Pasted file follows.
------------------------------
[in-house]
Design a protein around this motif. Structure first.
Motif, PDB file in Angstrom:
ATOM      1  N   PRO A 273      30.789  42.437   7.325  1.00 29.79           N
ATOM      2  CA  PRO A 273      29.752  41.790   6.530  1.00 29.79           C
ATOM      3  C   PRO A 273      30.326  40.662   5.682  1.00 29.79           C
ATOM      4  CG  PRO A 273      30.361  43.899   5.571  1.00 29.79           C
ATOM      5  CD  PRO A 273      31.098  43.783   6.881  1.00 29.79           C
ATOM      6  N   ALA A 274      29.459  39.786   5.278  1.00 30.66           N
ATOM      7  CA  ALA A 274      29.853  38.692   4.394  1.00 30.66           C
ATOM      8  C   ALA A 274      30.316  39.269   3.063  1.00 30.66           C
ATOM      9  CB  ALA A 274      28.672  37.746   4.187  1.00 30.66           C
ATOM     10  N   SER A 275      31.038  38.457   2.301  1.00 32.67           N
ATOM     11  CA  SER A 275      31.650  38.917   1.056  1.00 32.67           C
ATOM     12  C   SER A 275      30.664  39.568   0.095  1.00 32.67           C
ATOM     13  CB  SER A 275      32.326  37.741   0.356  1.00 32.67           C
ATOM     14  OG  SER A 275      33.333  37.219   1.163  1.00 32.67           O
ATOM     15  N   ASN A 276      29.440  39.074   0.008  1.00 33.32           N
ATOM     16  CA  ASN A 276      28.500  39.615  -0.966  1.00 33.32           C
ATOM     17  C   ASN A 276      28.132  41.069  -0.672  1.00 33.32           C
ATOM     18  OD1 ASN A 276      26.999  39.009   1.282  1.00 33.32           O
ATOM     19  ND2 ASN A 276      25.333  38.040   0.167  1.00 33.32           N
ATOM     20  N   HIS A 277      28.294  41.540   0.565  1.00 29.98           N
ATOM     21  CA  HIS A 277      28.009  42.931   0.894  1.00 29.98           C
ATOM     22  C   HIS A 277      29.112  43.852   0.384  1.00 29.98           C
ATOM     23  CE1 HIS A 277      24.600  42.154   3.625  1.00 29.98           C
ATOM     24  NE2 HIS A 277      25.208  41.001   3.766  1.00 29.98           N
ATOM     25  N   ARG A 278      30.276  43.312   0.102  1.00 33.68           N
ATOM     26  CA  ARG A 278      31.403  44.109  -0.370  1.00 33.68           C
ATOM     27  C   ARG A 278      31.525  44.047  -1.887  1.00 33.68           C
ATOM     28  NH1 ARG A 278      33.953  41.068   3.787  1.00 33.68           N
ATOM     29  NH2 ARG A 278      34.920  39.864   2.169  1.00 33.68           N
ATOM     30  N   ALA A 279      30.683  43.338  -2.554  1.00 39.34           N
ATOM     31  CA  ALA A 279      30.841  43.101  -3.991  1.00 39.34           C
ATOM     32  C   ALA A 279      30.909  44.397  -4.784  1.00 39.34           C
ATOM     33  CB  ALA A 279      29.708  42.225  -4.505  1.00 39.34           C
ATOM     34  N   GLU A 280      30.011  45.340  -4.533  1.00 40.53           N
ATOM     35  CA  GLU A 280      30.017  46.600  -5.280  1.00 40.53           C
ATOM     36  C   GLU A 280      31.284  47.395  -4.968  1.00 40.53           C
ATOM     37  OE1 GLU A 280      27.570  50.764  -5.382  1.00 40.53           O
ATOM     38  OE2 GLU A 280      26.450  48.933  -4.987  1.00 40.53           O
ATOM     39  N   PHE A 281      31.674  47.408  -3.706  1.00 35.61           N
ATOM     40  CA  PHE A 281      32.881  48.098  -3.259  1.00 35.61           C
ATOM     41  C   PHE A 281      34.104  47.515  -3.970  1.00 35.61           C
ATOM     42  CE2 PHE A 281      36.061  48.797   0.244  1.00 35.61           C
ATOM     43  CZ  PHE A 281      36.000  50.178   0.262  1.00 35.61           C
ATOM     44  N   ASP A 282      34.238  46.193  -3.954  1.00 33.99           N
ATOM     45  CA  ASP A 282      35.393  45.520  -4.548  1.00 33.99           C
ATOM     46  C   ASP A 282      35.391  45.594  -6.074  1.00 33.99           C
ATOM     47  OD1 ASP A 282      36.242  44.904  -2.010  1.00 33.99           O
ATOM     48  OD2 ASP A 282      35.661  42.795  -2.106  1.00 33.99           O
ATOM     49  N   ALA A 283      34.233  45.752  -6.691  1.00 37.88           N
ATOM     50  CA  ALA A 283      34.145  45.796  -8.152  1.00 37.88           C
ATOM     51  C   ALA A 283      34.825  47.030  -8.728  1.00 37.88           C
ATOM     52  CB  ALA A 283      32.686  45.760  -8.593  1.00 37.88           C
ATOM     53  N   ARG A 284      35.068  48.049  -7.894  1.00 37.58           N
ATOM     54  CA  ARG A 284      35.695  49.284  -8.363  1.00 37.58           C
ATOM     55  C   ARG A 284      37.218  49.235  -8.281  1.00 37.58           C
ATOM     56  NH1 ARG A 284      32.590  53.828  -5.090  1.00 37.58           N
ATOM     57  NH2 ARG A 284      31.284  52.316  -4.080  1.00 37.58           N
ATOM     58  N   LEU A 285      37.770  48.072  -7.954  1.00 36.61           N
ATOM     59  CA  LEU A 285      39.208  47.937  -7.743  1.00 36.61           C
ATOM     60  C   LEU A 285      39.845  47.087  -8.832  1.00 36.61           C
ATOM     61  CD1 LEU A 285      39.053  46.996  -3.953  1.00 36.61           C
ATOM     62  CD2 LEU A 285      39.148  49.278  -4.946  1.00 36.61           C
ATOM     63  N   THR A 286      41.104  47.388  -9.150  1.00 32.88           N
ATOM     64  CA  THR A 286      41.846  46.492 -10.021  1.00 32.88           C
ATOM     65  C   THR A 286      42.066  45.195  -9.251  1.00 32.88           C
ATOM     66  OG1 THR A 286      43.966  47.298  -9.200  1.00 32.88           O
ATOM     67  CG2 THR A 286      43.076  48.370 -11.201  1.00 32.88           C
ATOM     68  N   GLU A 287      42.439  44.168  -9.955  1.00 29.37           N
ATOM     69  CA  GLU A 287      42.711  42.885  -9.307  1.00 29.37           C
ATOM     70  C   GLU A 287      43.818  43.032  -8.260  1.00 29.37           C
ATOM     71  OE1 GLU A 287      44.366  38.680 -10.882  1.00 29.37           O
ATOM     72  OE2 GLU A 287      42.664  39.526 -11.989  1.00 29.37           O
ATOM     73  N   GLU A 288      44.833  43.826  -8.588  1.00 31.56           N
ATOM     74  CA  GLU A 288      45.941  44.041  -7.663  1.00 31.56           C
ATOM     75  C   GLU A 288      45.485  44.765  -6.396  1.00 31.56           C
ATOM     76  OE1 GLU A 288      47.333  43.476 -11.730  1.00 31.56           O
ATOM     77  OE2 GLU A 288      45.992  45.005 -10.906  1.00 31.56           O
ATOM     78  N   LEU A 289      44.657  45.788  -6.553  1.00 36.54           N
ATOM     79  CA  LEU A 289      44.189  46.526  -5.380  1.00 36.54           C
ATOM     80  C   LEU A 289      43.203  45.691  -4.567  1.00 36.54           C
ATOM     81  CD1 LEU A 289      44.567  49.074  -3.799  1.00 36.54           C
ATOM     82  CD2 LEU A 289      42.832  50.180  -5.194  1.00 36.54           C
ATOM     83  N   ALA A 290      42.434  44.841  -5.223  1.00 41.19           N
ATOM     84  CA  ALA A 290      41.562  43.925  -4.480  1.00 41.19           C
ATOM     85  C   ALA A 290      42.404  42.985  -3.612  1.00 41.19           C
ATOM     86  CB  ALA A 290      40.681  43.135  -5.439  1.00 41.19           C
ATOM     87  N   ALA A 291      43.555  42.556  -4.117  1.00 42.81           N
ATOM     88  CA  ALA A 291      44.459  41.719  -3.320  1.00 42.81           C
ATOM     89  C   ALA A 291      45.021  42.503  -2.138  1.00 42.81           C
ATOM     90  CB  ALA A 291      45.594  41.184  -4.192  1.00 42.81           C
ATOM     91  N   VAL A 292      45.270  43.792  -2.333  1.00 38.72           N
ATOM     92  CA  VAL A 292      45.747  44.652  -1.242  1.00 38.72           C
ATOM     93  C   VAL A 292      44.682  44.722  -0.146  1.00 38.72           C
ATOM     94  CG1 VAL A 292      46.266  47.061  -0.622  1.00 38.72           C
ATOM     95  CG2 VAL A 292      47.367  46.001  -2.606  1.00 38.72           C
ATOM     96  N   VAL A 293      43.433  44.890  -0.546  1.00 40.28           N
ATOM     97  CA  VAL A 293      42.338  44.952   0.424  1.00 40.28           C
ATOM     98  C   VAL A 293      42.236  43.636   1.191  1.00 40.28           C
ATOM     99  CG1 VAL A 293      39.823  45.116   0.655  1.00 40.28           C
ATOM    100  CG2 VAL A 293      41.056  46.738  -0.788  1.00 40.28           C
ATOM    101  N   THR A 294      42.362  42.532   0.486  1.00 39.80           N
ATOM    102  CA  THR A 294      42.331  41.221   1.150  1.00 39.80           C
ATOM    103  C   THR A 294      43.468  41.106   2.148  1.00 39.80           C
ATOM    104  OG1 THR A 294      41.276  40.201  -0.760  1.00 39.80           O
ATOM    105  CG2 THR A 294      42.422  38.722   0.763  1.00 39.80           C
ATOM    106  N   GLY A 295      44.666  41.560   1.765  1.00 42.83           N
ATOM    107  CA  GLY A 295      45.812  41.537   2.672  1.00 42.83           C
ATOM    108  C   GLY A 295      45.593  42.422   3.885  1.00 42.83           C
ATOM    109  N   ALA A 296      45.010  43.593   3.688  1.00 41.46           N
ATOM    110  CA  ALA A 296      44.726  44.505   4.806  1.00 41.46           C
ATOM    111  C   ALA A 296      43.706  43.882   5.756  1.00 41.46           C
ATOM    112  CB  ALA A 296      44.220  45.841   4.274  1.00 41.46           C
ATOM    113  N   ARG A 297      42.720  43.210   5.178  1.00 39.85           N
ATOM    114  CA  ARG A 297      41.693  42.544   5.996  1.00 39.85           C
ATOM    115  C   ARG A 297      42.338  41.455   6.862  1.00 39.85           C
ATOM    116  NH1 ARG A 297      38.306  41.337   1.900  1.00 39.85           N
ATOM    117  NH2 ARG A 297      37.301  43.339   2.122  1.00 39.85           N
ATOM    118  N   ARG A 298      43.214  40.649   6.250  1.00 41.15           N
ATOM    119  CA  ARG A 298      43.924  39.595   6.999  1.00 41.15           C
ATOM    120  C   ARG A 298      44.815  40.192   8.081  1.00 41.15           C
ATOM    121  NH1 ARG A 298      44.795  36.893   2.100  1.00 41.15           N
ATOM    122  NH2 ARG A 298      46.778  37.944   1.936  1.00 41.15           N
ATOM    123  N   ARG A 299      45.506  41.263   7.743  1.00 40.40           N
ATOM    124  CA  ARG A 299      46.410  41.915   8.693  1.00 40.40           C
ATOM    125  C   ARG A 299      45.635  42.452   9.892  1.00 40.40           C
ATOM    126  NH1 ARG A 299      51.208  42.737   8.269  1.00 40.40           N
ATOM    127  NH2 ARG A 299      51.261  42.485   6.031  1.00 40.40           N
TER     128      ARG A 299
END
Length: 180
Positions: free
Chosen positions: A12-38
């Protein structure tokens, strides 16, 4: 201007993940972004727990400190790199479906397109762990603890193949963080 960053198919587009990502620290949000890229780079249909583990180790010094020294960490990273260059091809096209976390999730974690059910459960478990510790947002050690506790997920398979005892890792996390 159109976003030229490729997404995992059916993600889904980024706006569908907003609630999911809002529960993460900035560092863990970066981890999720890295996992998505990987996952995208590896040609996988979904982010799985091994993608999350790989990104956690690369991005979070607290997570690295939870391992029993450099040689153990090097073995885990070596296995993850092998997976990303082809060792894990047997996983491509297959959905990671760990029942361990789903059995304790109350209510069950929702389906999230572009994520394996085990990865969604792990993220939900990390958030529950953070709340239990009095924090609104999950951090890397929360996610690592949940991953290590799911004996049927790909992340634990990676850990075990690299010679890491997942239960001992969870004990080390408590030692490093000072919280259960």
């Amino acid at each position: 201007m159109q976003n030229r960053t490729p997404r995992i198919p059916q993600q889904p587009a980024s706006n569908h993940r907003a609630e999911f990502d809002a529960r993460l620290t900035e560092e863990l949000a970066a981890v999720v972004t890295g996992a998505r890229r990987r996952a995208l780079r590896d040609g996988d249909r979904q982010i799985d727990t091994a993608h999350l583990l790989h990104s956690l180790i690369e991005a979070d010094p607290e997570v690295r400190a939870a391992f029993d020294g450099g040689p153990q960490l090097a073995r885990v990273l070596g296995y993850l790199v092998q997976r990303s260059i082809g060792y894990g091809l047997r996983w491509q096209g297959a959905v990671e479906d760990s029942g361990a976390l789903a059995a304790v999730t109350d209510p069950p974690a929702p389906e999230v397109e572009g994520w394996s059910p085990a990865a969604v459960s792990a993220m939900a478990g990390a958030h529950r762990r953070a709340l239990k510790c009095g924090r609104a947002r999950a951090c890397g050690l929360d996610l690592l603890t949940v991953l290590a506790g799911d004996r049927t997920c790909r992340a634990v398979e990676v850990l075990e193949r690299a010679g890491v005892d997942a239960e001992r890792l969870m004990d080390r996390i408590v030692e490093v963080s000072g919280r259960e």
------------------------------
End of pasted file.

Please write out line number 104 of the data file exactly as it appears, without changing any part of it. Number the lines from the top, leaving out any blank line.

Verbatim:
ATOM    101  N   THR A 294      42.362  42.532   0.486  1.00 39.80           N